JEFFERSON CITY, Mo. -- The House of Representatives capped the Missouri Legislature's three-day veto session Friday by overruling Gov. Bob Holden's rejection of a bill designed to derail St. Louis city's lawsuit against gun manufacturers.
On a 116-36 vote supporting an override, the House achieved the required two-thirds majority with seven votes to spare. A day earlier, the Senate provided the minimum needed support for override on a 23-10 vote.
Republicans run both legislative chambers. Holden is a Democrat.
The bill, which takes effect Oct. 12, will bar city and county governments and the state itself from suing firearms manufacturers and dealers over the social costs of gun violence.
Senate President Pro Tem Peter Kinder, R-Cape Girardeau, has sponsored the bill for several years in an attempt to stop such a lawsuit filed St. Louis city in 1999. That case has bounced from state court to federal court and back again over the years but hasn't gone to trial.
"I think it's great that the elected representatives of the people in this extraordinary act of overriding the governor's veto have put on our statute books a statement that says this far and no further when it comes to the abuse of our court system with frivolous lawsuits," Kinder said.
St. Louis city counselor Patti Hageman told The Associated Press the city would challenge the new law.
"The legislature can't just come in and pass a retroactive law to apply to pending suits," Hageman said.
When he vetoed the measure in July, Holden said it is the responsibility of the judicial branch, not the legislature, to determine the merits of a case.
Although Holden appeared in the chamber just before the issue was taken up for debate, he said he wasn't putting any last-minute pressure on House Democrats to sustain his veto.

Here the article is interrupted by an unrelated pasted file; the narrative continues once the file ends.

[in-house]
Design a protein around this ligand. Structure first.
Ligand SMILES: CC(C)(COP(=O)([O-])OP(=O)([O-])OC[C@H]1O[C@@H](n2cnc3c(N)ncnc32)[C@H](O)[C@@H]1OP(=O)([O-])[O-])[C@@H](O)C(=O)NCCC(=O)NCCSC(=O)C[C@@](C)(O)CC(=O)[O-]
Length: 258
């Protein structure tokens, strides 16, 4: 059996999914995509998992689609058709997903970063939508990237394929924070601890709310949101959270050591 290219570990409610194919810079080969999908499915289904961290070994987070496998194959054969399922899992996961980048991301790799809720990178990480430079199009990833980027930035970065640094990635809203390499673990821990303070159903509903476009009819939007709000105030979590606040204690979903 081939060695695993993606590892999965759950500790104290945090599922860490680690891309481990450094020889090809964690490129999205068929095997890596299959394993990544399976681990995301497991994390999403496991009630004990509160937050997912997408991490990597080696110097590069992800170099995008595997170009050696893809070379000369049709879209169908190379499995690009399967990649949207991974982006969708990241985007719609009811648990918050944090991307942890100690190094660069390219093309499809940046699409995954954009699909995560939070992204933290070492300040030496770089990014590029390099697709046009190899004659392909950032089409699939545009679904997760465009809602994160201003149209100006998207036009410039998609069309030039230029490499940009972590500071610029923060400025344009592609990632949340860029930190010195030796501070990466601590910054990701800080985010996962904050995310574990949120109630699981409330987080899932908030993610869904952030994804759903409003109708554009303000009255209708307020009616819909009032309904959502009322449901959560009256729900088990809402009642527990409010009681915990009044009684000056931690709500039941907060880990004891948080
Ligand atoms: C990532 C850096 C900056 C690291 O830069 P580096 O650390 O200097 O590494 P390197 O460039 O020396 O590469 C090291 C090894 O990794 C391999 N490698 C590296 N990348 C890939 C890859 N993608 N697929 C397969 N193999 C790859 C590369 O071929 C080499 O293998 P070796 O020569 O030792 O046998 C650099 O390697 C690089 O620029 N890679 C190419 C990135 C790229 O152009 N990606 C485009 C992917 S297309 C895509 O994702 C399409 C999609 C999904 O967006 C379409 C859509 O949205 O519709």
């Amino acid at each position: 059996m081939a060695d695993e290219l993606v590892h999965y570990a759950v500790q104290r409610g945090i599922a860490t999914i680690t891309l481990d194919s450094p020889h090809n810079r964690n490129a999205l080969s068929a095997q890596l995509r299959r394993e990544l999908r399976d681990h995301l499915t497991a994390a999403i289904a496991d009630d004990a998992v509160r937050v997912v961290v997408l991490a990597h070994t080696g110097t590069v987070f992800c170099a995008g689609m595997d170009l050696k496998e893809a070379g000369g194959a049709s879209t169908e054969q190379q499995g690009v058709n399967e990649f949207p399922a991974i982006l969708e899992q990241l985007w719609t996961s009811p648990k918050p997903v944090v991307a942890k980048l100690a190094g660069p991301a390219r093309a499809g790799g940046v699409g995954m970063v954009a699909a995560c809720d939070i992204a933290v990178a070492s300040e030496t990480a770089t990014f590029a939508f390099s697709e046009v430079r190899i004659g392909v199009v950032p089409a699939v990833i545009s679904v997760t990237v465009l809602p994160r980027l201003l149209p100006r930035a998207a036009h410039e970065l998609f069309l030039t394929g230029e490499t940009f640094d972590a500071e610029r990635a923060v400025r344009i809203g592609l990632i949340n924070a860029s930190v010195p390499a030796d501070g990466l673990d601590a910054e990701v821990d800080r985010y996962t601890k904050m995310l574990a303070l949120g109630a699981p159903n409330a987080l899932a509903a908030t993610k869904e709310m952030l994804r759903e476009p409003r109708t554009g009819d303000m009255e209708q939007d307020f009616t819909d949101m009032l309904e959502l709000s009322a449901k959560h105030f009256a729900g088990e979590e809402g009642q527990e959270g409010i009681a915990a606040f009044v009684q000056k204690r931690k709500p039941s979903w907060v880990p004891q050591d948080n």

"These members of the General Assembly should vote on these issues and vote their conscience," Holden said.
The gun lawsuits bill was the third the legislature enacted into law this year over Holden's objections, giving the Democrat a place in history as the only Missouri governor ever overruled by lawmakers on more than one issue.
On Thursday, lawmakers overrode the governor on one bill allowing residents to obtain permits to carry concealed weapons and another imposing a 24-hour waiting period on women seeking an abortion.
All of Southeast Missouri's senators and representatives -- including three Democrats -- voted to override on each of the three issues.
During debate on Kinder's bill, state Rep. Larry Crawford, R-California, compared holding the gun industry responsible for violent acts illegally committed with their products to saying an ink pen producer causes bad checks to be written.
"This is a common-sense piece of legislation," said Crawford, the bill's House handler.
Opponents claimed the bill would give the gun industry a lawsuit-exempt status that other interest groups will soon demand.
"Protections for a special industry is really against our public interest," said state Rep. Russ Carnahan, D-St. Louis.
The measure specifically states that state resident lawsuits over defective firearms or ammunition won't be affected by the law.
The bill is SB 13.
List of veteo overrides
2003: Democratic Gov. Bob Holden overridden on banning the state and its cities and counties from suing the firearms industry over the social costs of gun violence.
2003: Holden overridden on imposing a 24-hour waiting period on abortions.
2003: Holden overridden on allowing law-abiding citizens to obtain permits to carry concealed weapons.
1999: Democratic Gov. Mel Carnahan overridden on banning a certain late-term abortion procedure.
1980: Democratic Gov. Joe Teasdale overridden on an appropriation for construction of the Truman State Office Building.
1976: Republican Gov. Kit Bond overridden on a nursing practices act.
1855: Democratic Gov. Sterling Price overridden on two private bills relating to railroad construction.
1839: Democratic Gov. Lilbourn Boggs overridden on establishing a criminal court in St. Louis County.
1833: Democratic Gov. Daniel Dunklin overridden on 12 private bills granting divorces. (At the time, an act of the legislature was required to get divorced.)
1820: Democratic-Republican Gov. Alexander McNair, Missouri's first chief executive, overridden on legislative pay.